I’m quite confident speaking clearly in front of groups about things I know about, or even holding attention and blagging things I’m not so sure about.
The difficult part of communication, not just for me but for a lot of geek-types, is the ‘social’ bit. For example:
How to tell your boss that he just doesn’t have a clue, without getting fired.
How to engage in smalltalk without making it obvious how strongly it’s making you contemplate suicide.
Also more generally, how to stand up to people without causing a scene which marks you out as ‘not a team player’.
How to say something to a suit that is both true AND won’t be construed as flippant.
I know what *not* to say in these circumstances, but it pretty much encompasses everything I want to say. How do you deal with those types of communication difficulties?
You are funny. You are a genius. You should be deified.
I’ve been in the IT arena for better than 20 years now and couldn’t agree more with what you have said. I can’t tell you how many emails I’ve read that were sent corporate wide by an IT staff member that would have no meaning to the general population, only because of its wording. One tip I could add, have someone that is non-technical proofread whatever you are about to release to the general population. Also, programmers, document your code. Make it useable by the next guy/gal. Great post!
Nailed it, Mr. Angry!
Your points about introverts (which are applicable not just to people in IT, but like you my experience tells me introverts are legion there) are echoed in an excellent book entitled “The Introvert Advantage” by Marti Olsen Laney. As someone whose spouse is *highly* introverted (and shy in public as well — note that these are not necessarily synonymous, although as character traits they often go together), I found it helpful in understanding her needs and difficulties in communicating and social interactions.
Like the archetypical IT geek described in your first tip, she’s quite intelligent — she has three university degrees, a BA, a teaching degree and a Master of Library Science (I’m the lowbrow of the household, having just a single bachelor’s degree in engineering) — but she often has difficulty in communicating. Introverts apparently use fundamentally different (longer, slower) pathways in the brain for their thought processes compared to extroverts (who, by the way, represent about 75% of the population — easy to see why introverts can have a tough time of it).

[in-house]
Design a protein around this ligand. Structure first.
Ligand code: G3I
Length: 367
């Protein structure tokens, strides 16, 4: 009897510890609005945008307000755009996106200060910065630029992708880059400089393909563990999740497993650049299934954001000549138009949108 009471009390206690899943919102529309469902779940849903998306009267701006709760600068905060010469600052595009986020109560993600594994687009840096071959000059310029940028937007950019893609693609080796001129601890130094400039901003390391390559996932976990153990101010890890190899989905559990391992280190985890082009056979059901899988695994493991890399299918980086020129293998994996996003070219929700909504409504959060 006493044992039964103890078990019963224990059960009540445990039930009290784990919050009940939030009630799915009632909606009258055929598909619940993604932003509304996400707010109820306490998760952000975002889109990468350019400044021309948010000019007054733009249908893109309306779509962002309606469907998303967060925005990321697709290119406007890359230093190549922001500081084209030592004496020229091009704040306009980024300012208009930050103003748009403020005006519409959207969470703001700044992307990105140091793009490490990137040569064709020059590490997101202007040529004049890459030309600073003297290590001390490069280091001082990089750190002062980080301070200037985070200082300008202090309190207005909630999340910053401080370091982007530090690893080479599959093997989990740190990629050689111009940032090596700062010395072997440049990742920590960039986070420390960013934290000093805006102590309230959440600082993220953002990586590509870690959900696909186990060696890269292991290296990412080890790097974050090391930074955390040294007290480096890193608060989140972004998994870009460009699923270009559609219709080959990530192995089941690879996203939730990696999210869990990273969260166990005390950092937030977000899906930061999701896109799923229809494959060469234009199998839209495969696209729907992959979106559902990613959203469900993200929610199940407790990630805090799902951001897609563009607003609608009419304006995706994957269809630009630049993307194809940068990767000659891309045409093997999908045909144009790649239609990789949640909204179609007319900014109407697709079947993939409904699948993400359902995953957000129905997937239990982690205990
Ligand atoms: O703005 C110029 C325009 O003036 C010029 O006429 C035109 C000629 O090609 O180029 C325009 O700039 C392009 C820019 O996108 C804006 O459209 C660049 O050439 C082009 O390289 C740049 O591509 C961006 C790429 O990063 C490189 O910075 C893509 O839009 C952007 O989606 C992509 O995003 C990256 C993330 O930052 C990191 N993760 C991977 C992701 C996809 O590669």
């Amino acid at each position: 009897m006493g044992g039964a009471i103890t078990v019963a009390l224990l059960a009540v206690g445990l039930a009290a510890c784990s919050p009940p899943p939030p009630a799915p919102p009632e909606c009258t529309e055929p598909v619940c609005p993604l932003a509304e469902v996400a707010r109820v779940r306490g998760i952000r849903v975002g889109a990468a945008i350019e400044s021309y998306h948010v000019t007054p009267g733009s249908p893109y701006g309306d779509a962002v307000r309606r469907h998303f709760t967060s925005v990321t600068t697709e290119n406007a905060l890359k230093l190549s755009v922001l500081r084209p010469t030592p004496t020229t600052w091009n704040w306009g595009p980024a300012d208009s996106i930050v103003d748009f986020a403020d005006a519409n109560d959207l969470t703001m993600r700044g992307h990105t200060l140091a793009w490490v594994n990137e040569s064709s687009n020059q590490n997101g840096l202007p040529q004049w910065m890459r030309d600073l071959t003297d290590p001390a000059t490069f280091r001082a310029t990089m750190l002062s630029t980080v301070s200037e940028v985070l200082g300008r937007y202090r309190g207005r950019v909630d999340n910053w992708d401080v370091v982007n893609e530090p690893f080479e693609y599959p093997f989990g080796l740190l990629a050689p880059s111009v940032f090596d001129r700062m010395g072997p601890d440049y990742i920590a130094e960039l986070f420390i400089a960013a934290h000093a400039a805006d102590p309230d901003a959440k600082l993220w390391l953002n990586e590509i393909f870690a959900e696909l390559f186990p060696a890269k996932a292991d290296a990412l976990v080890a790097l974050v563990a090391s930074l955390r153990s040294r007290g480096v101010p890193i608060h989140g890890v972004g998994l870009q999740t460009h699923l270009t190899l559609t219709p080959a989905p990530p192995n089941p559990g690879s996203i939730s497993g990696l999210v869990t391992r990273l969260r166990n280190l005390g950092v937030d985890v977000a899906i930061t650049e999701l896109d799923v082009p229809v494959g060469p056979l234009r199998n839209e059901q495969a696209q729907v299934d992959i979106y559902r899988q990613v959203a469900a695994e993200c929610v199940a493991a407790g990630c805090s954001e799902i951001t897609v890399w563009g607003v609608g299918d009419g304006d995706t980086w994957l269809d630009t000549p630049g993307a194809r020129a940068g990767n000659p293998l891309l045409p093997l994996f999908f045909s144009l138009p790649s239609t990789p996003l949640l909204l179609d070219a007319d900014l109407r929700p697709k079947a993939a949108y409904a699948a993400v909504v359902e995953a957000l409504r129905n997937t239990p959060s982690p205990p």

An introvert will require time to absorb, digest and process information before they are able to respond — by which time, your average extrovert has glazed over and moved on to the next thought.
The book I cited is worth reading, whether you are an introvert _or_ an extrovert — the former group will learn that they’re not defective, they just deal with information and external stimulation very differently than the majority of the world around them.
The latter group will also benefit from reading it, as at some point they will surely have to deal with an introvert and knowing what works with them, or doesn’t, will make the most of what the introvert has to offer (and it may save a relationship…)
The other tips for communicating you’ve given are also dead on the money — I would just add to your advice about silence/pauses being useful for emphasis and letting points sink in, noting that substituting a pause for an “um” is a simple trick to make you look about 10 IQ points brighter and 5 times more confident.
It can take some practice to do this, but believe me it’s well worth the effort — you can either practice in front of someone and have them alert you every time you “um”, or if you’re too self-conscious to do it in front of someone then record yourself and listen for the “ums” in the playback. You may be shocked at how often you do it without being aware of it.
Once you *do* become aware of it, you may find it hard to speak in front of people at first as you’ll be focusing on not “umming” instead of your presentation, but eventually it becomes second nature.
Massif: Here’s the secret, that fear doesn’t need to go away – ride the adrenaline baby!